“It works like no other ceramics tool ever invented.”
Lopez’s pottery “baskets” look like finely woven, handmade Native American baskets.
Things progressed quickly for Lopez after that. His work was featured at homes and galleries around the country, and one of his signature “woven baskets” now fetches as much as $2,000.
Rich Lopez speaks with a fan of his work in his outdoor home studio in Beaumont, Calif. (Courtesy of Rich Lopez)
Lopez has spent time at Native reservations to watch local artisans.
“I am half Indian, and I spent over a year on the reservation learning the art of basket weaving,” he said.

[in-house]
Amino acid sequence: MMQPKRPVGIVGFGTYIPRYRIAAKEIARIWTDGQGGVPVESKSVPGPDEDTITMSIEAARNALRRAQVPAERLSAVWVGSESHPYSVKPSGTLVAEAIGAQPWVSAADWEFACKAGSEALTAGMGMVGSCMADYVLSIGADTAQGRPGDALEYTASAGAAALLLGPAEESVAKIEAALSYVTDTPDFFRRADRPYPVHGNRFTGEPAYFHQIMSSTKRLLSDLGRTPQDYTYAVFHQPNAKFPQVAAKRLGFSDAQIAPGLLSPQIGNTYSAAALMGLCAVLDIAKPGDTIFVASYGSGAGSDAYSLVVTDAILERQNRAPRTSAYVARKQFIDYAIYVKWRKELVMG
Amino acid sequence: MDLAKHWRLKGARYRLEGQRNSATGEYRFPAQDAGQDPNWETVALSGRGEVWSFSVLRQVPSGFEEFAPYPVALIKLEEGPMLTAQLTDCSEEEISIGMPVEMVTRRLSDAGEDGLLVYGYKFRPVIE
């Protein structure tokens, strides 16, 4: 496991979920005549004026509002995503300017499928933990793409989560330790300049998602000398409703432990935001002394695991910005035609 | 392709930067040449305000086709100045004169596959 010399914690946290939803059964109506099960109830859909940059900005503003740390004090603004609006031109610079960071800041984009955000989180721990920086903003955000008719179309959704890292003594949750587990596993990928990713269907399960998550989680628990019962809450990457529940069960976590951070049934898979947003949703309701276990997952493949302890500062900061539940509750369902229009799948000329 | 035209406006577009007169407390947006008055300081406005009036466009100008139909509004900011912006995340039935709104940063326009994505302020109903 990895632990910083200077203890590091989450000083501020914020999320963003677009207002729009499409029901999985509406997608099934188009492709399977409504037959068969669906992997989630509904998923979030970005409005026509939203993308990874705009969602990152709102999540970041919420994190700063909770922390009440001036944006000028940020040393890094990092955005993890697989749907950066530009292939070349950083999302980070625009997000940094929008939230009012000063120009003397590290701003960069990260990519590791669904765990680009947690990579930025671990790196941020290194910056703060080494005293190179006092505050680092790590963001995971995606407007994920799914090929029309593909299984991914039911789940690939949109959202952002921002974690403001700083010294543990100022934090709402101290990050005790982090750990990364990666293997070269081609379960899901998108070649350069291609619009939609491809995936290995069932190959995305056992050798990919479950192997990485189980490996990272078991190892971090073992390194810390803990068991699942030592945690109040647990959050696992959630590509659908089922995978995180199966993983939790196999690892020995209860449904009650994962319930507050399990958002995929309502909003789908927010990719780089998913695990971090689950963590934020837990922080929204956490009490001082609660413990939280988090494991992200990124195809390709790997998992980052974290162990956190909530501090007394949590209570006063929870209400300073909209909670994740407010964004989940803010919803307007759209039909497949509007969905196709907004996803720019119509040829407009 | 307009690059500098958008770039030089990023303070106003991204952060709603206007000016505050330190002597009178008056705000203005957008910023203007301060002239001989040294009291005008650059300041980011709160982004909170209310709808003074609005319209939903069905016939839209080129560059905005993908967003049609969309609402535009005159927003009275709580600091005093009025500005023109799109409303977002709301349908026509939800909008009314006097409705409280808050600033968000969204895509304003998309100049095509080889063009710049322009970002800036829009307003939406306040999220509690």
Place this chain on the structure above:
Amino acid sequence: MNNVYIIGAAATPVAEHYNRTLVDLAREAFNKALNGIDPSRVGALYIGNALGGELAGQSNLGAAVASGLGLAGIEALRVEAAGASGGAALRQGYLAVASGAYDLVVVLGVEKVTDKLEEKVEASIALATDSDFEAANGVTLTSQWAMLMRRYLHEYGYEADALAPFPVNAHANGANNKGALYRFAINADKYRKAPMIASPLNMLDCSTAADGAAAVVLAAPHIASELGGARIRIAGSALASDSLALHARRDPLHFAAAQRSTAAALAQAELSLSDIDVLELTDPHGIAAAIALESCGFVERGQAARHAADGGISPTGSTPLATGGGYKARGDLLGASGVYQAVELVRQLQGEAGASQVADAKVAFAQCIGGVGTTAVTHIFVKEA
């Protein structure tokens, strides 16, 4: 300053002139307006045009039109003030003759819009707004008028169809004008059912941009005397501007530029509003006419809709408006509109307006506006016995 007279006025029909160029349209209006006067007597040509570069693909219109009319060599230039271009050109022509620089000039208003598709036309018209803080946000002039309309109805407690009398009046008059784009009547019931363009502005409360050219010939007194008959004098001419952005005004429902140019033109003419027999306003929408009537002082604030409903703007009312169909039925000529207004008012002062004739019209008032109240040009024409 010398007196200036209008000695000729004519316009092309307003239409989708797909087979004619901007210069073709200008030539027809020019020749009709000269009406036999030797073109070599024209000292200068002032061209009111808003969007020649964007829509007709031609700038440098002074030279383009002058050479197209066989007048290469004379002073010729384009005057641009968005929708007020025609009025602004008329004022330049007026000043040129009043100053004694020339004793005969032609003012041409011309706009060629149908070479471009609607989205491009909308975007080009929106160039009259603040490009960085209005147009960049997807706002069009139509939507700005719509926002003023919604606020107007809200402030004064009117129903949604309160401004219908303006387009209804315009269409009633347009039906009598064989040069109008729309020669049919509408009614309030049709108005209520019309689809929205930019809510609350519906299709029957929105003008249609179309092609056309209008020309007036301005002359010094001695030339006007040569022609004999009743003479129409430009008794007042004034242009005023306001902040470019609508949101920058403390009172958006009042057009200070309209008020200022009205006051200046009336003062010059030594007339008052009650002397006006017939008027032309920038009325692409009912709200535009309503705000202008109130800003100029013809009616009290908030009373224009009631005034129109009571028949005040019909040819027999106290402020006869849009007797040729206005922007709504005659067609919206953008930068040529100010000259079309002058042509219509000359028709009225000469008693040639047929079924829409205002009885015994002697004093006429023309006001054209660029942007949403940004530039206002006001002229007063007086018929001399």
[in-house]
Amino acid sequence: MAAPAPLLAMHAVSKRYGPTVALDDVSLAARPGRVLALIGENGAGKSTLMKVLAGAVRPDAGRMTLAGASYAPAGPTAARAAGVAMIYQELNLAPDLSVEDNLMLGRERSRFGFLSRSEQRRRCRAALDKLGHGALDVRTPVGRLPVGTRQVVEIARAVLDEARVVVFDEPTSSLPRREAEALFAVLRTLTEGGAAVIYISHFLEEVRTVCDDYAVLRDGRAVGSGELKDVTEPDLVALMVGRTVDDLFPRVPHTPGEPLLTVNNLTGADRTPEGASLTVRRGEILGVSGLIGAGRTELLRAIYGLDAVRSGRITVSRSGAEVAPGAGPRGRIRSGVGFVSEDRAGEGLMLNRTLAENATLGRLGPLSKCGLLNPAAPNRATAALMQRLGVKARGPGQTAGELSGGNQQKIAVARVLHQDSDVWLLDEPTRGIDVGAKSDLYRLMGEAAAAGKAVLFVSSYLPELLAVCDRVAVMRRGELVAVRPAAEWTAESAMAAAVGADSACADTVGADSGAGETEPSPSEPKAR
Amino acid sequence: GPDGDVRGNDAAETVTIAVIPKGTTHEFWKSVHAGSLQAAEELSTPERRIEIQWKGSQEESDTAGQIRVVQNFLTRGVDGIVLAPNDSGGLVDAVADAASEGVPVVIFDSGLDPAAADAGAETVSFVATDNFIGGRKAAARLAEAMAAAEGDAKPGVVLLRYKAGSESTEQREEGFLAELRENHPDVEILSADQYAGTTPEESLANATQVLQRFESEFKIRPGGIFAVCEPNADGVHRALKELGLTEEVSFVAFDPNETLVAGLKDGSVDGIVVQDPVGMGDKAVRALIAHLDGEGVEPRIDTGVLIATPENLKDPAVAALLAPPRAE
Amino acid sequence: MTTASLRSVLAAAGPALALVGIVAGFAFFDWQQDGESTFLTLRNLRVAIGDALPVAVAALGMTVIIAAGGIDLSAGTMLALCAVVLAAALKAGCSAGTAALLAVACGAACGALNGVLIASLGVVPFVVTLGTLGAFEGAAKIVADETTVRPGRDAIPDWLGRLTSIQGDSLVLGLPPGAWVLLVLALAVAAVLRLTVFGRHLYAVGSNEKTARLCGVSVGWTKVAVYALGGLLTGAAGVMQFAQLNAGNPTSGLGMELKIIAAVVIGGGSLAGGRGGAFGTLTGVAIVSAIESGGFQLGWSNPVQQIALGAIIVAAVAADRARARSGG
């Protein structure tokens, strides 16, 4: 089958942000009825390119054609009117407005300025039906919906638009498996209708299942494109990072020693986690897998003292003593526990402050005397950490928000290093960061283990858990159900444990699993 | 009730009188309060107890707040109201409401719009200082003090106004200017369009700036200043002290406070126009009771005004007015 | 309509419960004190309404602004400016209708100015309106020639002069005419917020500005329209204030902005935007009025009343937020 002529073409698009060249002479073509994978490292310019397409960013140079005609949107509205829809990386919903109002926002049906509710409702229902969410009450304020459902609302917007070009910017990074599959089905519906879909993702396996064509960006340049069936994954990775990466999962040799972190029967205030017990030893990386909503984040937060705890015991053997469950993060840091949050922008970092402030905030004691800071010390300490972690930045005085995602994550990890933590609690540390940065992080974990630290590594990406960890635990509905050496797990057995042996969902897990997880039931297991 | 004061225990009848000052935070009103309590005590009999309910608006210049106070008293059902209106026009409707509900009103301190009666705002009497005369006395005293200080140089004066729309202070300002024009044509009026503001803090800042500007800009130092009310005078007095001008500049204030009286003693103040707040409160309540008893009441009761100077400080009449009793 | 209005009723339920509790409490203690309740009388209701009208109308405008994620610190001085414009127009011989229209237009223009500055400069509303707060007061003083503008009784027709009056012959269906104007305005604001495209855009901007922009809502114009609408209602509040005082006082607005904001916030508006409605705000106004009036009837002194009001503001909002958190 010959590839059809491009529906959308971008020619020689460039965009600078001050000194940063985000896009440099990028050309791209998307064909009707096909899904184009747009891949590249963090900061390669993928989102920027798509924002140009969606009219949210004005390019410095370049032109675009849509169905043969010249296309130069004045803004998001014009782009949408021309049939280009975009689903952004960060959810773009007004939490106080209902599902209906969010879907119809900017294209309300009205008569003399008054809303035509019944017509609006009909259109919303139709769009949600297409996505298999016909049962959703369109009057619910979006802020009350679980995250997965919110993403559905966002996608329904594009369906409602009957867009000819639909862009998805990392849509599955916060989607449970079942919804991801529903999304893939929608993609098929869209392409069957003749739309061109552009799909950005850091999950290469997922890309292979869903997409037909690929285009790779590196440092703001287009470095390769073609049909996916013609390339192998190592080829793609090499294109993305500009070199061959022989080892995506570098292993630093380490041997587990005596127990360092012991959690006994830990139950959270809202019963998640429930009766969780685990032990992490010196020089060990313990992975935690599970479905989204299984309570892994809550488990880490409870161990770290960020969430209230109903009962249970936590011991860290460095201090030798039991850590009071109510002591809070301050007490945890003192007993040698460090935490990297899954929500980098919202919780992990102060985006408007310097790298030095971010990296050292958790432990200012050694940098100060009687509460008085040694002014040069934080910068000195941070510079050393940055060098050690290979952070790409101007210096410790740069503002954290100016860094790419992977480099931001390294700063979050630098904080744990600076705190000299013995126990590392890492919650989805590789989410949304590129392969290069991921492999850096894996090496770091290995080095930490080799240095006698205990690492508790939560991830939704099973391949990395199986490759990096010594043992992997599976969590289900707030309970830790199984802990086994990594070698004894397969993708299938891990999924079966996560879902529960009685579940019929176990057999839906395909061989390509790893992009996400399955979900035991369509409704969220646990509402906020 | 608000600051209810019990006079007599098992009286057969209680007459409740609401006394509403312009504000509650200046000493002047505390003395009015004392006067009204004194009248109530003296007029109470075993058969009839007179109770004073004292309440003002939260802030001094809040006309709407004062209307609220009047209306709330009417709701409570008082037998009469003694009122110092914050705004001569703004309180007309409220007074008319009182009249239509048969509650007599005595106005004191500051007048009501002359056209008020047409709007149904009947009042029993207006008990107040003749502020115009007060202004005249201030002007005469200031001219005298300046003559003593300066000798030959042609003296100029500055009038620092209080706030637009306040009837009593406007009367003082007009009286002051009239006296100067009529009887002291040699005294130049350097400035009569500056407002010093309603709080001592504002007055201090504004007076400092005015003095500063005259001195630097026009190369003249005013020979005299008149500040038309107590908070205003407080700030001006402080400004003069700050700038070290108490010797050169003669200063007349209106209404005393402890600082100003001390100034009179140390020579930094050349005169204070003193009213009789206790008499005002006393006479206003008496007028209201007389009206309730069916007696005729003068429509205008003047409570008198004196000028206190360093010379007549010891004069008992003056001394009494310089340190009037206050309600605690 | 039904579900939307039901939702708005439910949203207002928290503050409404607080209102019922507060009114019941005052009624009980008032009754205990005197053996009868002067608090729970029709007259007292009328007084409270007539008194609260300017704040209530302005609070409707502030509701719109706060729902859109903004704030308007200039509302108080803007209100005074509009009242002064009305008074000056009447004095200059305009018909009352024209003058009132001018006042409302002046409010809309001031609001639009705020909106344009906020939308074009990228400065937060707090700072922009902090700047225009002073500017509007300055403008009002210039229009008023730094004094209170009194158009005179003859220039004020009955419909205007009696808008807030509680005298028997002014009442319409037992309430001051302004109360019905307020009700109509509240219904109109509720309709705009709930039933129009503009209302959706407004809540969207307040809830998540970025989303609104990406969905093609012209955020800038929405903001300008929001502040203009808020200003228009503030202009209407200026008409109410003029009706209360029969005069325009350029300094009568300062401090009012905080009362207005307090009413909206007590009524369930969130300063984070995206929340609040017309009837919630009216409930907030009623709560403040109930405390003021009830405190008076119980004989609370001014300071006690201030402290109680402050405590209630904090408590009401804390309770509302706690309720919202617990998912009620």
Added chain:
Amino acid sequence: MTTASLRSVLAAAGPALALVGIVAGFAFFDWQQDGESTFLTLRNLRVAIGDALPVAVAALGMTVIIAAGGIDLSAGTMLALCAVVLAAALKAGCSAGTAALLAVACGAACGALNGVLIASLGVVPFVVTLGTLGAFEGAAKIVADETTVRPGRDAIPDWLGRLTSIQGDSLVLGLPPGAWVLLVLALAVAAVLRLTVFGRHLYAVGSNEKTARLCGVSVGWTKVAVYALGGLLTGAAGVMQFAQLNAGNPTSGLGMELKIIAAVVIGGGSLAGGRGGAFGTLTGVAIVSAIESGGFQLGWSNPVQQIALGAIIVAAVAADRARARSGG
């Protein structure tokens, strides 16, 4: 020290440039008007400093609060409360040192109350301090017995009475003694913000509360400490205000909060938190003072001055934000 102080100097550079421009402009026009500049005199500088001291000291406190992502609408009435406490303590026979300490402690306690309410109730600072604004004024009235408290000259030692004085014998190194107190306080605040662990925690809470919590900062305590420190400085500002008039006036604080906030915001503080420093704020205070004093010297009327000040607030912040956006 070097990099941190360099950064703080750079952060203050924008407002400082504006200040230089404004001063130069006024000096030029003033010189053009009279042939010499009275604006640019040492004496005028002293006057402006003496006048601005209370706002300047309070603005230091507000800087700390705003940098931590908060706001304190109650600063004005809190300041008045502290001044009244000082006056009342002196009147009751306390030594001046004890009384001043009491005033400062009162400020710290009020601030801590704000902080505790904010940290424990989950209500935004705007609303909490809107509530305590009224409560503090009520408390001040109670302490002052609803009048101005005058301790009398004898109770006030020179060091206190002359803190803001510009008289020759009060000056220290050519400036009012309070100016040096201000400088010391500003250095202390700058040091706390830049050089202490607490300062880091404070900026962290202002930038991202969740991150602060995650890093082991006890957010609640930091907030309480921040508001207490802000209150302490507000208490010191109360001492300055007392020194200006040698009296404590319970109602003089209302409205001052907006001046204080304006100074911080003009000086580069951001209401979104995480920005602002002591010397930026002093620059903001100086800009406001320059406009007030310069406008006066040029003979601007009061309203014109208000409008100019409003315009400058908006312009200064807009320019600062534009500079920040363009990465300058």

He had his own show at The American Museum of Ceramic Arts (AMOCA) in Pomona—the premier ceramics gallery west of the Mississippi and home to some of the country’s most exceptional ceramics exhibits.
It wasn’t until his second time at AMOCA, however, that it’s special significance dawned on him.
“When I walked in that second time, I began to cry. I realized that everything looked exactly as I remembered it in my first visit with the angel, when I almost died. I knew the walls … the floors, the steps, the furniture. I had been there before. I was too busy to realize it that first time … but suddenly I realized it,” he said.
“I began to shake and cry.”
Rich Lopez was beginning to establish himself as a major regional artist who was on the brink of national success when another ugly, dramatic hurdle emerged.